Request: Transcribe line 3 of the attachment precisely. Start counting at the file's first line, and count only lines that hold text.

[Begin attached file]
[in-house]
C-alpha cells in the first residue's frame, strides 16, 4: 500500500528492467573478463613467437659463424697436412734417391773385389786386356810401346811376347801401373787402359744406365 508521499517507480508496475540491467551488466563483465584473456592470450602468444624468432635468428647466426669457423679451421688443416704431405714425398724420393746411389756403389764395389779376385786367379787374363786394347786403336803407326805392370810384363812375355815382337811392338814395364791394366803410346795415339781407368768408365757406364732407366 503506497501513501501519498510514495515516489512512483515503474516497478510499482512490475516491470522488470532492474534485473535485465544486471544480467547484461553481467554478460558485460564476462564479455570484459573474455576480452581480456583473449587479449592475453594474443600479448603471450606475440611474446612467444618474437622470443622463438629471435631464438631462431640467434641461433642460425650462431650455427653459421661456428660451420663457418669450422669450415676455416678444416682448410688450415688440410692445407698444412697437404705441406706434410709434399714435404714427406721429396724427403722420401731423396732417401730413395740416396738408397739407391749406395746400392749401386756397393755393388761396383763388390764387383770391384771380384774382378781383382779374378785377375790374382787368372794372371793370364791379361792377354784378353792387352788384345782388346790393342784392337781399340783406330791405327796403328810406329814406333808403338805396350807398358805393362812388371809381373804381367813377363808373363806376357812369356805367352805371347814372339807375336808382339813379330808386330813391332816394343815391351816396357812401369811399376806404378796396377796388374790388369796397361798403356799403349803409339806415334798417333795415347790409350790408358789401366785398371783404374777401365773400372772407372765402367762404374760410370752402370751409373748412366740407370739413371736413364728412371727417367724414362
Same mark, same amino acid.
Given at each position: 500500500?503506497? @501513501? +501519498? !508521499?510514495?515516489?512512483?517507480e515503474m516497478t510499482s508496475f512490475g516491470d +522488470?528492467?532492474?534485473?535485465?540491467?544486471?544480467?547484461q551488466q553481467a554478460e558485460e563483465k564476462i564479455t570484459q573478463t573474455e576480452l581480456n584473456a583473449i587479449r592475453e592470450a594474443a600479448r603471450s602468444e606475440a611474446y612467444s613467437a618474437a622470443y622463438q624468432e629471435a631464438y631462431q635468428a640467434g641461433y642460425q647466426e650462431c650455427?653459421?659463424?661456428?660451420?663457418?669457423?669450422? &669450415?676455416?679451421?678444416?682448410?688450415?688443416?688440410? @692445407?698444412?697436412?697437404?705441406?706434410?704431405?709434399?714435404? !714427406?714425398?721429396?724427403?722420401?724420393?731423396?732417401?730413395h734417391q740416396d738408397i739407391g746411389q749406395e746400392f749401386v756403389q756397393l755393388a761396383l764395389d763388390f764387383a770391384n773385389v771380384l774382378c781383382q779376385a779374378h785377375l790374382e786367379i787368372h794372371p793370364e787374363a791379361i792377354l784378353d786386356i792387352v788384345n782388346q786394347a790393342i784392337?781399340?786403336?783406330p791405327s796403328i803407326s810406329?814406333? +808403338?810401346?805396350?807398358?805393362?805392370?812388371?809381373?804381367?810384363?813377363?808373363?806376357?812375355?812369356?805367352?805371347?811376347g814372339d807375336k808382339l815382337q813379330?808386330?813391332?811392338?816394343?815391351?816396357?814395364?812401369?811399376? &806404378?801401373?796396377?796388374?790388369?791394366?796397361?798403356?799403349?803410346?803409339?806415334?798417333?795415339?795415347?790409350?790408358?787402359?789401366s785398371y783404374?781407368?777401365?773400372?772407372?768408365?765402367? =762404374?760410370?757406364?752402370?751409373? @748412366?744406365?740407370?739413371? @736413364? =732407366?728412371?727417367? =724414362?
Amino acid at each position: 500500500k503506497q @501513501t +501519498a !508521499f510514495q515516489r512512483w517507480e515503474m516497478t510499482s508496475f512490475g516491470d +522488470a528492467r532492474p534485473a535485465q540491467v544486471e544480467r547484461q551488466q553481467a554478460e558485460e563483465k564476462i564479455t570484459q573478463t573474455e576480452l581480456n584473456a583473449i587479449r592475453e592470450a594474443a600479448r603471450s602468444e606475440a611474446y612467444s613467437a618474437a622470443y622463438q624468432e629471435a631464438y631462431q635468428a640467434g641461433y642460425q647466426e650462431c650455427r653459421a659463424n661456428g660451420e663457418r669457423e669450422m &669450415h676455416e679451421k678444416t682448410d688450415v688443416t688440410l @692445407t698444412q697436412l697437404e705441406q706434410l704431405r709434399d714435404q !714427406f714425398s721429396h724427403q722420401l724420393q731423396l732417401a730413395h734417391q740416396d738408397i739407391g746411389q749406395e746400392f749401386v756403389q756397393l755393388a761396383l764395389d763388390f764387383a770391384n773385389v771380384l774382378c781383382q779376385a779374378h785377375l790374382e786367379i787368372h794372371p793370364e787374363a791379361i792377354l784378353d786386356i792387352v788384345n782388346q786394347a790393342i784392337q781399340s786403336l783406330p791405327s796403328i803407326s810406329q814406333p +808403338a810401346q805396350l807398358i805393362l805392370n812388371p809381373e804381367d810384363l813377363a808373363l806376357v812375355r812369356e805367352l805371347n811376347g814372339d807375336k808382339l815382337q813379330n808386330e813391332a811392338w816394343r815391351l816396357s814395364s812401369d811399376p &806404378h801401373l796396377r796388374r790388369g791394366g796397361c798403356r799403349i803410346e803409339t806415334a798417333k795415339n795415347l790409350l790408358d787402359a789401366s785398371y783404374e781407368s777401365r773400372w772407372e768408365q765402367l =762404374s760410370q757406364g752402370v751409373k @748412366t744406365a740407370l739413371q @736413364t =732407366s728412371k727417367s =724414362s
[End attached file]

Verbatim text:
Same mark, same amino acid.